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Their escape leaves Zed and Tuesday stranded in a land where robots and holograms live alongside quaint medieval villagers and soldiers on horseback. Soldiers who insist their father is a disgraced fugitive, and their dog a legendary monster.
If they ever want to see their parents again, they'll have to learn to work together. After all, they've got a mysterious code to break, secrets to unlock, bandits and soldiers to outwit, and a rowdy dog whose antics are getting more outrageous by the minute. Even if they manage to evade the eerie secret police and uncover enough clues to figure out what's really going on, they're not sure they're going to like the truth.
Zed and Tuesday will have to decide who to trust and what really matters, or they'll never get back to normal (whatever that is.) Because when it comes to normal, everything is relative.
Read an Excerpt
Their father was fond of saying the dog had not managed to learn anything in the years that followed, but that was not strictly true. While it was true that she did not come when called or sit on command, the dog had in fact learned many tricks. Nyx had learned quite early on, for example, how to help herself to the contents of the refrigerator. No one was quite sure how an animal without thumbs was capable of opening a refrigerator door, since she had never been caught in the act, but an entire ham doesn’t simply get up and go for a stroll during the night, now does it?
Zed imagined some people would consider it normal to take a dog along to run errands—as long as the dog could fit comfortably inside a purse, that is, or at the very least wait patiently in the car. But Nyx was neither tiny, nor well-behaved and patient. She was, in fact, huge. Her bristly black fur and legs that seemed much too long for the rest of her frame made her look like a gigantic hairy spider. His mother spent nearly every moment in the dog’s company, and whenever she needed to go inside the grocery store, or post office, or other location where dogs are generally unwelcome, she brought Nyx along to wait in the car for her return. Nyx made use of this time by bouncing anxiously from seat to seat, smearing her nose on the windows.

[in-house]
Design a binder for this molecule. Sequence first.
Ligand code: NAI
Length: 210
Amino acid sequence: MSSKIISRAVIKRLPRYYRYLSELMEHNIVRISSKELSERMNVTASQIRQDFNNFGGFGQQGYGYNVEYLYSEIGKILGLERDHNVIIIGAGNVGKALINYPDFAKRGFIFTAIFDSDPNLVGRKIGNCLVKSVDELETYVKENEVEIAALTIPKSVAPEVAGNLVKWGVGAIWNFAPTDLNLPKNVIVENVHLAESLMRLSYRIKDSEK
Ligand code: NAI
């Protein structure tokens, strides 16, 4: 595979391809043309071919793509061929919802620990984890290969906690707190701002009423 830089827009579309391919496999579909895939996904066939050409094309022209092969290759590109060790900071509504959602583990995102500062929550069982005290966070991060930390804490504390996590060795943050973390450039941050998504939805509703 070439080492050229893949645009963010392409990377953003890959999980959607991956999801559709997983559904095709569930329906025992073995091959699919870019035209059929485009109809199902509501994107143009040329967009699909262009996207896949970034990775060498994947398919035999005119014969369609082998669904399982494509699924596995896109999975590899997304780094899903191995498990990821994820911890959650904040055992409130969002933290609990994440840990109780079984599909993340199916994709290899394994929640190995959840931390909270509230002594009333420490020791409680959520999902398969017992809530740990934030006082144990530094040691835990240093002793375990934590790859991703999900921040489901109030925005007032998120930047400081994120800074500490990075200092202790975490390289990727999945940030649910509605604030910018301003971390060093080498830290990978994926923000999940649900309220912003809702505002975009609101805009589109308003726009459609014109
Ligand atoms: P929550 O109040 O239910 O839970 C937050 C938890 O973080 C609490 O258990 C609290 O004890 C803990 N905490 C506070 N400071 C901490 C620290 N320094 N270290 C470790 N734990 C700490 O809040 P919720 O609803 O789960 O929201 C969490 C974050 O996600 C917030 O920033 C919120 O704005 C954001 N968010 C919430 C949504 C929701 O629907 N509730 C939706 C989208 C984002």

About the Author:
She recently settled in the high desert of rural Utah with her husband, their three children, and a noisy flock of orphaned ideas. Someday she will create literary homes for all of them. (The ideas, not her family.)
Relatively Normal Secrets (Cinnabar Moth Publishing, Fall 2021) is her debut novel. She writes fantasy novels for tweens, picture books for children, and short stories and poems for former children. Her work will appear in numerous anthologies in 2021. She is also a frequent guest presenter at writing conferences and club meetings, which helps her procrastinate knuckling down to any actual writing.
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